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Sudhanshu Vats on Viacom18’s OTT platform, content strategy

Sudhanshu Vats

Sudhanshu Vats

For broadcaster Viacom18, 2015 was an eventful year. The joint venture of US-based Viacom Inc and Reliance Industries-controlled Network18 Media & Investments Ltd launched English general entertainment channel Colors Infinity and its first kids HD premium channel, Nick HD+, during the year. It also re-branded its regional entertainment channels under the flagship brand Colors and named its over-the-top platform VOOT.

The broadcaster is now looking at building products that provide short-term gain, though it has no plans to enter the sports broadcast business. In a conversation, Viacom18 Group CEO Sudhanshu Vats talks about the network’s offering in India. Excerpts:

Among all the broadcasters you are the last one to announce the roll-out of your over-the-top (OTT) platform, VOOT. What took you so long?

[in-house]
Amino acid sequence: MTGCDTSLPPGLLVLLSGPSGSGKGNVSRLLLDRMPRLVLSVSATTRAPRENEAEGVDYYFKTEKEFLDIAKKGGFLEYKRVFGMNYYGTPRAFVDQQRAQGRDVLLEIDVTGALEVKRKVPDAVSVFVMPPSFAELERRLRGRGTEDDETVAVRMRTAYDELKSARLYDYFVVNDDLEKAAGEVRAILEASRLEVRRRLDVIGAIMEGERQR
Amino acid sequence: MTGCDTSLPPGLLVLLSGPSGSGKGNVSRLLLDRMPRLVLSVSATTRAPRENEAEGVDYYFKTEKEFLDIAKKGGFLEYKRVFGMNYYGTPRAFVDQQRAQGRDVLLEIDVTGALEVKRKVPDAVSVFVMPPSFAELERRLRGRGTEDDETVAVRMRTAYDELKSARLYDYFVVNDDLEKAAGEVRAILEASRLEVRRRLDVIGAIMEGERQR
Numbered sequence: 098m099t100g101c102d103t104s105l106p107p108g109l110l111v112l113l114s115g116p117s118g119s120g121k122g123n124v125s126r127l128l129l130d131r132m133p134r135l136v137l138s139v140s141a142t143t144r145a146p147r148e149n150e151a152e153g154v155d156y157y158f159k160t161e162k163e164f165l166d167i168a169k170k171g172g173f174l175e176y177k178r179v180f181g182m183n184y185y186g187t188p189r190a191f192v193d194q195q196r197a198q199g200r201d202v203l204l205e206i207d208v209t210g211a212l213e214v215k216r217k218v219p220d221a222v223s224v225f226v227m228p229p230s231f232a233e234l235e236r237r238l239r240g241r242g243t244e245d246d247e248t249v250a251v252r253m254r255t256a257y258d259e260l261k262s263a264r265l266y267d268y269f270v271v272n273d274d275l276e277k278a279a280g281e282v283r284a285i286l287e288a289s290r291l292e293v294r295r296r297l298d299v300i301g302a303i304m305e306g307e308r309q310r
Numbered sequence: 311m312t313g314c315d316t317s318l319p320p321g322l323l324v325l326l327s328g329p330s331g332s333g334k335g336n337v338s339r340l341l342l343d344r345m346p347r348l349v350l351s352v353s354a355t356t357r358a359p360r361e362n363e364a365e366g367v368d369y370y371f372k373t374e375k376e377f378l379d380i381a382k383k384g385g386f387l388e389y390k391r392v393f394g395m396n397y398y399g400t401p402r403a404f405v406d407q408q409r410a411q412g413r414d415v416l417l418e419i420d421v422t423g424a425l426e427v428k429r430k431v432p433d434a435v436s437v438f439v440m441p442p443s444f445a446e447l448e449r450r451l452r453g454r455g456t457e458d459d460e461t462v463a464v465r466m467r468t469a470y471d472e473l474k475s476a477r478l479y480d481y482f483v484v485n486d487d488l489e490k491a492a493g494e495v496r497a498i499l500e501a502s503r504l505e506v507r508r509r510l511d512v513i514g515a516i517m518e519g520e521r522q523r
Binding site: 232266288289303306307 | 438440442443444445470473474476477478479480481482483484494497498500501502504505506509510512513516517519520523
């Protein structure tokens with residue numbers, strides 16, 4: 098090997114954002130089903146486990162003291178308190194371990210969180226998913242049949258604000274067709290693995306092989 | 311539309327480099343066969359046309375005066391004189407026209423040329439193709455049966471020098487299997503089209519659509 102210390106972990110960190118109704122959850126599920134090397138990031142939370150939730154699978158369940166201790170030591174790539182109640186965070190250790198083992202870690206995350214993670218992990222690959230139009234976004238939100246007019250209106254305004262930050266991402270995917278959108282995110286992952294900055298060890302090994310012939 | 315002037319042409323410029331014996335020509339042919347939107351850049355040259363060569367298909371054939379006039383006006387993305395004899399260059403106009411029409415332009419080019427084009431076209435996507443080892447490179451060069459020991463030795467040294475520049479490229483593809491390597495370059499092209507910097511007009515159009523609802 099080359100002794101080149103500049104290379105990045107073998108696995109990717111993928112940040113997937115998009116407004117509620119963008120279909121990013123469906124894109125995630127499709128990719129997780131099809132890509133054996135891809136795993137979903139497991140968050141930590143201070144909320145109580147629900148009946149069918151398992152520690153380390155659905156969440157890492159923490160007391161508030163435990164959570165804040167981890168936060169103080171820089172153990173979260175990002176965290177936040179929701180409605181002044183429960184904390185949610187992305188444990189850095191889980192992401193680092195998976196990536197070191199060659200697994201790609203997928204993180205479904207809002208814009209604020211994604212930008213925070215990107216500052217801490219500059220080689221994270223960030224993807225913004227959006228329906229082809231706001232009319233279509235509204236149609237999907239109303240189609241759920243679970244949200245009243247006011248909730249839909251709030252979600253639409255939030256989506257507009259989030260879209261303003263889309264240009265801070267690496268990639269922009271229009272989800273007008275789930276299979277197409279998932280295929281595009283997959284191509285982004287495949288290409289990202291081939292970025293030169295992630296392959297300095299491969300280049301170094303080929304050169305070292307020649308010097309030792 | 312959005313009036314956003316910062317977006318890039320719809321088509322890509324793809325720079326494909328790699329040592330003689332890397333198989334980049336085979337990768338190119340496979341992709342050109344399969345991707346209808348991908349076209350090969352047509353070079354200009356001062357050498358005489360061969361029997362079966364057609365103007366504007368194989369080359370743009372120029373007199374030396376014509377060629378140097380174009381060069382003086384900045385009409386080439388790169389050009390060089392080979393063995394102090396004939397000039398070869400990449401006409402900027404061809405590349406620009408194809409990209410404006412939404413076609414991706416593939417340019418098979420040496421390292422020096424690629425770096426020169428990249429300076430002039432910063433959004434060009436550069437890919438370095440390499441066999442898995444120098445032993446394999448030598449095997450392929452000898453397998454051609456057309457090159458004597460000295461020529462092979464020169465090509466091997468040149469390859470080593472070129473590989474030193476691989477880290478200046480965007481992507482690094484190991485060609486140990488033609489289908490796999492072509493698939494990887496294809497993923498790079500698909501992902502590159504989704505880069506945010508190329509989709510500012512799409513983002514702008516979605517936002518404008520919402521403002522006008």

We have always had a digital play. For example, we have a mobile application for our popular reality show Bigg Boss, which is updated every season. It’s an interactive app which gives viewers a sneak peek into the house and its members’ day-to-day affairs. As for the OTT platform, we felt it is about time we have our own play. Digital has become another important platform as consumers watch content on all kinds of screens. Thus, it becomes pertinent that our content is also made available across all platforms – from conventional television to newer-age digital platforms. Therefore, you find us playing this role.

A lot of broadcasters are using films to increase viewership on their OTT platforms. Do you plan to use the library from Viacom18 Motion Pictures to draw the crowd? Also, can we expect digital premiers?

A movie is best enjoyed on the big screen, followed by television – both will remain. We can expect more movies to be streamed on the smaller screen. Presently, there two kinds of people who watch movies online. First, people who work in urban cities and are pressed for time. Second, students and a section of people who are well-established financially tend to watch movies online.

In case of the second set of consumers, a broadcaster cannot expect one to pay a subscription fee, so most of the time it’s the first set of consumers who pay. Even as we can expect a rise in films being shown online, people who have the option will first enjoy the movie on the big screen followed by television.

For full interview click here

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